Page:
North County political leaders responsible for the health of the Paso Robles Groundwater Basin are launching discussions about which multi-million-dollar water projects could help solve the aquifer's woes—and how basin pumpers will pay for them.
In the future, the basin, which serves much of Paso Robles wine country, could start receiving water from the State Water Project, Lake Nacimiento, and/or the Salinas Dam.
- File Photo By Tom Falconer
- SAVE OR SUPPLEMENT? Paso Robles Groundwater Basin decision makers are discussing multi-million-dollar water projects that could bring aid to the aquifer that serves Paso Robles wine country.
The Paso Basin Cooperative Committee is asking for public input on these proposals and more (see pasogcp.com), as a January 2020 deadline to submit sustainability plans to the state inches closer.
At the committee's March 6 meeting, contracted hydrologist Derrik Williams reported that the future sustainable yield of the basin has been calculated at 61,100 acre-feet per year (AFY). That target sits 29 percent below the amount of water pumped out of the aquifer per year between 2011 and 2016.
Williams explained that going forward, basin users will be faced with a choice: reduce their water consumption, or open their wallets to fund new water supply projects.
"We're going to have to be cutting pumping by acre feet per year or bringing in that much water," Williams, of Montgomery & Associates, told the committee.
Under the draft proposals, domestic users who pump less than 2 AFY will be exempt from fees. Heavier users would be charged a "base pumping assessment" (proposed at $93 per acre foot) up to a specific threshold set for each property based on historical water use. Then, any additional pumping that exceeded that threshold would be charged an "overproduction surcharge" ($832 per acre foot).
Under that financial framework, the Cooperative Committee—which has representatives from SLO County, the city of Paso Robles, Shandon-San Juan Water District, and San Miguel CSD—would fund new water projects.
Those proposed projects include a combination of recharge fields, injection wells, and direct delivery to farmers, from multiple water sources, with cost estimates ranging from $2 million to $52 million.
A $2-million plan involves building a short 1,225-foot pipe from the State Water Project turnout in Shandon to a 9-acre recharge field. A $52-million project entails laying down 3 miles of pipeline to deliver Lake Nacimiento water to farmers near Paso Robles for irrigation in lieu of basin water.
Other projects with costs in between include sending State Water to Creston for recharge fields ($4 million), injection wells ($16 million), and farmer delivery ($40 million); piping State Water directly to farmers in Shandon ($14 million); and using Lake Nacimiento water to recharge the basin near the Paso Robles airport ($27 million). The committee would first have to negotiate the acquisition of water and land before moving forward on any projects.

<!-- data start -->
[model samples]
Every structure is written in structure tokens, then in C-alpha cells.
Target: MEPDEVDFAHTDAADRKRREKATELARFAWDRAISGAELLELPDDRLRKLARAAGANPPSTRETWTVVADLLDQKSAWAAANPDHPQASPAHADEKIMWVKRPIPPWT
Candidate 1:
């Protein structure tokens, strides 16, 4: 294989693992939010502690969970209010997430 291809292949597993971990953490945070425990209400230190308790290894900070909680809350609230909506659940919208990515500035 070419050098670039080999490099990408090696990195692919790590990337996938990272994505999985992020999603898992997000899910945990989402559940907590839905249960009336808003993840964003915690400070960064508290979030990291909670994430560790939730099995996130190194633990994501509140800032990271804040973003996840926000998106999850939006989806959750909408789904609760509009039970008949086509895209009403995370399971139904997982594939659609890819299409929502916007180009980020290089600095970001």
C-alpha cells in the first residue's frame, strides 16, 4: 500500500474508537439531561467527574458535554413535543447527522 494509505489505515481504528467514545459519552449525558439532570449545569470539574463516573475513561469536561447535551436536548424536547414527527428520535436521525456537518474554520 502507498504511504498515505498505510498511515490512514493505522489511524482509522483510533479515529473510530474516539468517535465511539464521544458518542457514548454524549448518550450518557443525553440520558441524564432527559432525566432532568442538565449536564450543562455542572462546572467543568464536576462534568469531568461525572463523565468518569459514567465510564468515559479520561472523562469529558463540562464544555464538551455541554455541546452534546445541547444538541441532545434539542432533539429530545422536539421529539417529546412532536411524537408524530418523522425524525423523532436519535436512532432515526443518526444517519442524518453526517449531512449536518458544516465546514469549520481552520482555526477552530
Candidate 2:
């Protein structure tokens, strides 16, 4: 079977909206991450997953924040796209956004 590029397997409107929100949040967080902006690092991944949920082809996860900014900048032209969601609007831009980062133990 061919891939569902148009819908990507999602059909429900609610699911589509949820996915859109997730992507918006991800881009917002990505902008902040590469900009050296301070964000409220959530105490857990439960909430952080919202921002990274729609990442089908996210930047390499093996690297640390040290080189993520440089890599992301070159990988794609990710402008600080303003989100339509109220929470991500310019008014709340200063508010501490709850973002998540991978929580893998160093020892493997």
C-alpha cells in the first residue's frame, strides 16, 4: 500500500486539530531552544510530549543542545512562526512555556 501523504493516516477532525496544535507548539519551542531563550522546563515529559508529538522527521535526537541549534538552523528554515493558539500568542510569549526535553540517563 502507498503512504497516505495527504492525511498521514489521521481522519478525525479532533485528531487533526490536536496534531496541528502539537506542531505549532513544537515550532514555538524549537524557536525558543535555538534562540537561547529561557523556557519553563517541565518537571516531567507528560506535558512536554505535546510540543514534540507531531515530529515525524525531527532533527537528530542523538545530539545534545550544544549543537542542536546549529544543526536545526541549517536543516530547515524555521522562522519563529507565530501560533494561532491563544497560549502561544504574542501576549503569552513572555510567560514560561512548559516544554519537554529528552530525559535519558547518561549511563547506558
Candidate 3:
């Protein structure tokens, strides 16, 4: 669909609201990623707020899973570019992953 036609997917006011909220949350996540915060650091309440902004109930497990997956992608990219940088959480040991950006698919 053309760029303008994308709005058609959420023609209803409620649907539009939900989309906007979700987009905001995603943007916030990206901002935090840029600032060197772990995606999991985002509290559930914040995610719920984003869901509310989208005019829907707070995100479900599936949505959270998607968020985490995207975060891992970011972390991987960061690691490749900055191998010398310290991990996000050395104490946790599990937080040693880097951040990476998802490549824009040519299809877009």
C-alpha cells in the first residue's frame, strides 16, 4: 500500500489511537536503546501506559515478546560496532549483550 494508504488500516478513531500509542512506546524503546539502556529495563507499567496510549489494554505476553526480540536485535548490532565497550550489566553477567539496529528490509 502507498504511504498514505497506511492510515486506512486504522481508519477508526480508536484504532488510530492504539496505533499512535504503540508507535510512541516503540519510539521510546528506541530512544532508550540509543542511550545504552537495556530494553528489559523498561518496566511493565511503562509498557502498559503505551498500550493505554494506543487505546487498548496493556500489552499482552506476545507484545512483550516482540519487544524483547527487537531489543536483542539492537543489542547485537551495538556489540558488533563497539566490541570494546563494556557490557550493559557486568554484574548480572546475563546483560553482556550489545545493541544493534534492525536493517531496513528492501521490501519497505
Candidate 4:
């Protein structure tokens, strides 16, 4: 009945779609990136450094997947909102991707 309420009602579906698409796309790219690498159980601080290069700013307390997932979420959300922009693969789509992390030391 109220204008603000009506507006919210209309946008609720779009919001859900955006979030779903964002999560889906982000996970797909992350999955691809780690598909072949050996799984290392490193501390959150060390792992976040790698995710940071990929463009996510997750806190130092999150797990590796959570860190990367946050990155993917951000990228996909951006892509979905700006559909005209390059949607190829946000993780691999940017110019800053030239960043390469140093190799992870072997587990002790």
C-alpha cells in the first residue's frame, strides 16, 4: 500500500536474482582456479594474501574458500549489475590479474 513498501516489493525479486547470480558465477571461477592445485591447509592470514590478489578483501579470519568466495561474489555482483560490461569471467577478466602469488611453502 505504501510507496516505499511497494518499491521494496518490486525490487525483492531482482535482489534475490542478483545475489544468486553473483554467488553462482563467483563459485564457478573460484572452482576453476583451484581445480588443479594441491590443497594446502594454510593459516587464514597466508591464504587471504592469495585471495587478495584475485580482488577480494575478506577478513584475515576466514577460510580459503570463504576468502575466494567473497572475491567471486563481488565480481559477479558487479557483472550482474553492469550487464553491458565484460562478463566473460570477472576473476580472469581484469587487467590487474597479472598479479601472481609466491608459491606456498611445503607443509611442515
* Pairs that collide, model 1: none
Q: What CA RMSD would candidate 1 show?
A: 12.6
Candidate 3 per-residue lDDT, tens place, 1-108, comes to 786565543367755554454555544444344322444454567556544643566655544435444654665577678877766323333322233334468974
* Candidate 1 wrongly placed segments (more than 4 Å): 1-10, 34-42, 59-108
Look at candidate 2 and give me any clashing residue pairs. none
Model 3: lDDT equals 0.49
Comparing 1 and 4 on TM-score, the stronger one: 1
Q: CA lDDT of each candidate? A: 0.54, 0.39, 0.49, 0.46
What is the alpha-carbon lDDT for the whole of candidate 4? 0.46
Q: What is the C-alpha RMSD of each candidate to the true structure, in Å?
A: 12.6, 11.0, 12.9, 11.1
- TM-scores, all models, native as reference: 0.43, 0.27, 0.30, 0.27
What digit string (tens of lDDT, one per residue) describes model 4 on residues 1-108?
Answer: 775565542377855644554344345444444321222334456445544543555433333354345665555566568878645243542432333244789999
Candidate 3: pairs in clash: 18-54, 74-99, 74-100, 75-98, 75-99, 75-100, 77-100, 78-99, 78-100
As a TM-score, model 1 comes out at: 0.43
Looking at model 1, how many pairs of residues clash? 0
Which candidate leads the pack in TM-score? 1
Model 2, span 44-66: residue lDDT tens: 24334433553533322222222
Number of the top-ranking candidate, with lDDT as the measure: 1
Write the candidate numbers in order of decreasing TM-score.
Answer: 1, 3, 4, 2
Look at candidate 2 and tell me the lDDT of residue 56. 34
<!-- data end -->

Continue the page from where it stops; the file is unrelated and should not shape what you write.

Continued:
The ultimate goal, Williams said, is to ensure the basin meets the sustainability objectives laid out in the eventual 2020 plan. One of those key objectives is that 85 percent of the aquifer's monitoring wells hit their elevation targets each year.
"The proof of success of sustainability is going to be the groundwater levels we measure in the future," Williams said.
Stakeholders around the sprawling basin, which covers several hundred square miles, have expressed varying views on the draft plans. One of the persistent conflicts is between agriculturalists and rural residents, who disagree about which method, conservation or supplemental water, is the best way forward.
El Pomar vineyard manager Dana Merrill warned in his comments that a "ramp down" approach to water use could hurt the region's economy.
"An economic study needs to be included to know whether ramp down or supplemental water is best," Merrill said. "The economic multiplier factor in reverse will devastate the local economy based on the wine and tourist industry."
Creston resident Greg Grewal offered the opposite view at the March 6 committee meeting, putting forth a popular opinion among some community members that the supplemental water projects are designed to enable water banking. That, in Grewal's view, risks "making the basin a private basin that people can profit off of."
"That's all that this is about," Grewal said, suggesting instead that the committee look at capturing more floodwater along natural corridors. "We could do other infrastructural projects that don't take as much money."
Several other commenters noted that decision makers will need more basin data in order to refine the best projects and plans. Williams told the Cooperative Committee that only 12 wells in the basin currently meet all the state's monitoring well requirements. They'll need 50 wells by January 2020.
Steve Sinton, a rancher, vineyard owner, and board member on the Shandon-San Juan Water District, commented that the final sustainability plan might need to remain flexible as hydrologists continue to gather data.
"Overall, much of the information available for this [plan] is uncertain," Sinton said. "The risk, therefore, is that facts will become immovable and immutable if we don't repeatedly state our uncertainties and the need for refinement. ... We will know a lot more as we begin implementation." Δ
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